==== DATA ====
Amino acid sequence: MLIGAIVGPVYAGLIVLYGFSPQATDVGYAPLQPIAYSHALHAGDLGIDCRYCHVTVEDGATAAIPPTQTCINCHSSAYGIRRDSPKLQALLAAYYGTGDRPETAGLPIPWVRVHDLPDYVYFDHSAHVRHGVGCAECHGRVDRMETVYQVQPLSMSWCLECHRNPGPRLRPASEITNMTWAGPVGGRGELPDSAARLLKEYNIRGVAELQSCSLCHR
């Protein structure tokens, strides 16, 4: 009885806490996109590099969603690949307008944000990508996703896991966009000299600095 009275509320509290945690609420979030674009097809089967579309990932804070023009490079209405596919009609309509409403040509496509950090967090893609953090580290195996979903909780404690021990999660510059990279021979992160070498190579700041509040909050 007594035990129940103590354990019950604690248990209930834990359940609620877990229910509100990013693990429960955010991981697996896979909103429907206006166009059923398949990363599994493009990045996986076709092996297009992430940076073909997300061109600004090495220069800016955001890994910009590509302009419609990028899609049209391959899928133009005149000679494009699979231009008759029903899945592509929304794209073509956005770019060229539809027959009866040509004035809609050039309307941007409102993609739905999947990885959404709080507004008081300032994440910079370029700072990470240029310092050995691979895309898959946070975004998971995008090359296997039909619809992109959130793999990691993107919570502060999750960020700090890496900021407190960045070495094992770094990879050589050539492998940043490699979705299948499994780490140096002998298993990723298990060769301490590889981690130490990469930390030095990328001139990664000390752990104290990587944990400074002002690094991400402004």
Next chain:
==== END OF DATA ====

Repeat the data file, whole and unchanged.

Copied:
Amino acid sequence: MLIGAIVGPVYAGLIVLYGFSPQATDVGYAPLQPIAYSHALHAGDLGIDCRYCHVTVEDGATAAIPPTQTCINCHSSAYGIRRDSPKLQALLAAYYGTGDRPETAGLPIPWVRVHDLPDYVYFDHSAHVRHGVGCAECHGRVDRMETVYQVQPLSMSWCLECHRNPGPRLRPASEITNMTWAGPVGGRGELPDSAARLLKEYNIRGVAELQSCSLCHR
């Protein structure tokens, strides 16, 4: 009885806490996109590099969603690949307008944000990508996703896991966009000299600095 009275509320509290945690609420979030674009097809089967579309990932804070023009490079209405596919009609309509409403040509496509950090967090893609953090580290195996979903909780404690021990999660510059990279021979992160070498190579700041509040909050 007594035990129940103590354990019950604690248990209930834990359940609620877990229910509100990013693990429960955010991981697996896979909103429907206006166009059923398949990363599994493009990045996986076709092996297009992430940076073909997300061109600004090495220069800016955001890994910009590509302009419609990028899609049209391959899928133009005149000679494009699979231009008759029903899945592509929304794209073509956005770019060229539809027959009866040509004035809609050039309307941007409102993609739905999947990885959404709080507004008081300032994440910079370029700072990470240029310092050995691979895309898959946070975004998971995008090359296997039909619809992109959130793999990691993107919570502060999750960020700090890496900021407190960045070495094992770094990879050589050539492998940043490699979705299948499994780490140096002998298993990723298990060769301490590889981690130490990469930390030095990328001139990664000390752990104290990587944990400074002002690094991400402004």
Next chain: